First of all, let’s get one thing clear: I could stand to be in better shape. I’m not a fitness expert, but I do care about my health, and I like to exercise. You know, so long as it doesn’t hurt too much.
Trying to get and stay fit on the road can be harder than you’d think. On one hand, there are endless opportunities for exploration right outside your door. Wanna go hiking? Plant yourself next to a national park or forest. Enjoy Zumba? Most towns offer drop-in classes.
But at the same time, RVs present some unique challenges. They seldom leave enough space for lunges or wild dance moves. And they limit how much weight we can carry, which means leaving the Bowflex at home. (Do people still use those? I’m having flashbacks to commercials during my Nickelodeon days.)
So what can RVers do to maximize their chances to get exercise?
1. Apps and Videos
There’s a wealth of exercises out there just waiting for you to try, and many of them are available in app and video format. Take your instructor with you anywhere — all you have to do is bring your phone. Here are some of our favorites:
- Power 90 DVD series and its more advanced companion, P90X. Okay, yes, it’s cheesy. But we’ve done this workout series off and on for years and really benefited from it.
- Zombies, Run! is an app for those of us who need a little motivation to run. You’re part of a band of survivors, and while you run in real life, you’re picking up virtual supplies for your friends and avoiding the ZOMBIES!
- Couch to 5K is an effective way to go from a life of not-jogging to running a 5K in 9 weeks. (More weeks than 9 if you’re me. But hey, it’s the effort that counts, right?)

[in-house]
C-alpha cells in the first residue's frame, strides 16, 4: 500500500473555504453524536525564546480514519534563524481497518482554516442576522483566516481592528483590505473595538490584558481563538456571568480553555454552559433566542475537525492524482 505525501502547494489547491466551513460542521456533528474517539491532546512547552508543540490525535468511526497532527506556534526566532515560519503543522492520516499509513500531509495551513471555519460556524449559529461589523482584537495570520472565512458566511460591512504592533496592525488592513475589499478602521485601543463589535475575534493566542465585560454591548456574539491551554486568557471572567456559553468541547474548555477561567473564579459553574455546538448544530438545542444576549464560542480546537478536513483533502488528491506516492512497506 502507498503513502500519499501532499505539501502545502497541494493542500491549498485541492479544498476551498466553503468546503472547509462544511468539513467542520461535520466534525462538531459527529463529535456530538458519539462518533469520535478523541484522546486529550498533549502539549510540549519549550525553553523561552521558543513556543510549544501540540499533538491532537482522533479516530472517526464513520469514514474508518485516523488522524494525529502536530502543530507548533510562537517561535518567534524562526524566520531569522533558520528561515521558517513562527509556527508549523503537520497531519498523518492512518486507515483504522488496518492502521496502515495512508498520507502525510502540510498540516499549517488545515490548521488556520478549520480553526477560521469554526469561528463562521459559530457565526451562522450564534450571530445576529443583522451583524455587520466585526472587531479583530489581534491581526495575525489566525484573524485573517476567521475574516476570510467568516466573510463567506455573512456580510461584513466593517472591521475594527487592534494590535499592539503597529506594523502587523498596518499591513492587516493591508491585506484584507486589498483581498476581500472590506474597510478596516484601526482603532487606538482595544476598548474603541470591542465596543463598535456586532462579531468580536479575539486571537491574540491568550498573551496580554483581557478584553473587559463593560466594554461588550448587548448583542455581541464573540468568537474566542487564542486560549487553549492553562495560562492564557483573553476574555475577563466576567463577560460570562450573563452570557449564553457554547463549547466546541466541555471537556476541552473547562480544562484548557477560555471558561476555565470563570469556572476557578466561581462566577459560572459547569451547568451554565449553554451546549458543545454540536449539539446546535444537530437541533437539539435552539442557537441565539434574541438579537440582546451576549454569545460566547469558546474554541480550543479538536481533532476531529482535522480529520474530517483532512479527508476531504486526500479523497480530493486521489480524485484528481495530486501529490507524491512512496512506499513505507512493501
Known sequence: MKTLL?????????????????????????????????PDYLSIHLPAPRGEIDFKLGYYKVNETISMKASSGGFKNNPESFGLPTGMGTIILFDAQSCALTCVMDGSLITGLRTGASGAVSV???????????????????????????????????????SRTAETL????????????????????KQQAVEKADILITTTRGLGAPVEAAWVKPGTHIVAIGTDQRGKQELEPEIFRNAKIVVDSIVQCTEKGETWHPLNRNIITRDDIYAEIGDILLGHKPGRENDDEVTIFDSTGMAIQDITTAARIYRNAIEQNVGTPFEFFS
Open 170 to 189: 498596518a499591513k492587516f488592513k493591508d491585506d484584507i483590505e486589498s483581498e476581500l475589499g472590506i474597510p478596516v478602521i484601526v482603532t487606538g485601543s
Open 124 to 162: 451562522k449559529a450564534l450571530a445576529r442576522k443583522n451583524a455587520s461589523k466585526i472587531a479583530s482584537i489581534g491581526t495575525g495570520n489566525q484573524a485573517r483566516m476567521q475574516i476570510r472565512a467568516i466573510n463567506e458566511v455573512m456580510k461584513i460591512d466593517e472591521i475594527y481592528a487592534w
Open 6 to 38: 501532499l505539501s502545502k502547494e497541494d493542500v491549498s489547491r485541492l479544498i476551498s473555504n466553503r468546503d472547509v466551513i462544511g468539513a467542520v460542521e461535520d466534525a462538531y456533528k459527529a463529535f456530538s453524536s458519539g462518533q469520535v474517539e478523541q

- Yoga Download is a great website for yoga fans of any level. It was recommended to us by Lynn of Tales from the Mutiny, who is a certified yoga instructor and really knows her stuff.
2. Bodyweight Exercises
You don’t have to own a home gym to be able to exercise in your house-on-wheels. Go for exercises that only require your own bodyweight for resistance, plus maybe a few standard household items.
Our favorite is the Seven-Minute Workout, which you’ll definitely feel — trust us! All you need to complete this workout is a chair (or a rock), a wall (the side of your RV) and seven minutes of your time.
We also like the Bodyweight Training: You Are Your Own Gym app, which features a ton of exercises, some of which don’t require any equipment.
3. RV Park Resources
Some RV parks offer fitness perks like swimming pools, weight rooms and even classes like water aerobics and dancing lessons. There are often horseshoe pits and open areas that can be used for Frisbee and playing catch.
We’ve also stayed at parks that had disc golf courses, mini golf courses, shuffleboards, kayak launches, fishing ponds, tennis courts, and more. If nothing else, the rows of wide roads make a great place to go walking and jogging.
4. Head Into Town
Cities all over the country have gyms, community fitness centers, and studios for yoga, martial arts, dance and more. Many of them allow drop-in visitors, and gyms often offer great introductory rates (like FREE). Take a class, meet some cool locals, and get your heart rate up.
5. Visit America’s Most Treasured Places
Our national parks, national forests, state parks and other public lands are full to bursting with trails for hikers, bicyclists, trail runners and more. The best thing about this tactic? You’ll be so amazed by your surroundings, you won’t even realize you’re getting exercise.
6. Buy Some Gear
Your treasured freeweight set may put your RV over its weight limit, but that doesn’t mean you can’t have some workout tools in your nomadic arsenal. Here are some that we recommend.
(We don’t own the specific items linked in this list; these are just ideas.)
I also just learned about water weights: free weights that you fill with water. That way, they weigh virtually nothing when they’re empty, and fold down to take up very little space.
One more tip: If you suffer from knee pain or just want to be able to hike farther and longer, one of the best investments I have made is in adjustable aluminum hiking poles. They saved me from some nasty spills on a snowy hike in Flagstaff.
What other methods of working out do you use at home or on the road?
- Exploring Western Washington’s Rural Landscape
- Petrified Sand Dunes and Lava Tubes at Snow Canyon State Park, Utah
- 5 Bucket List Hikes
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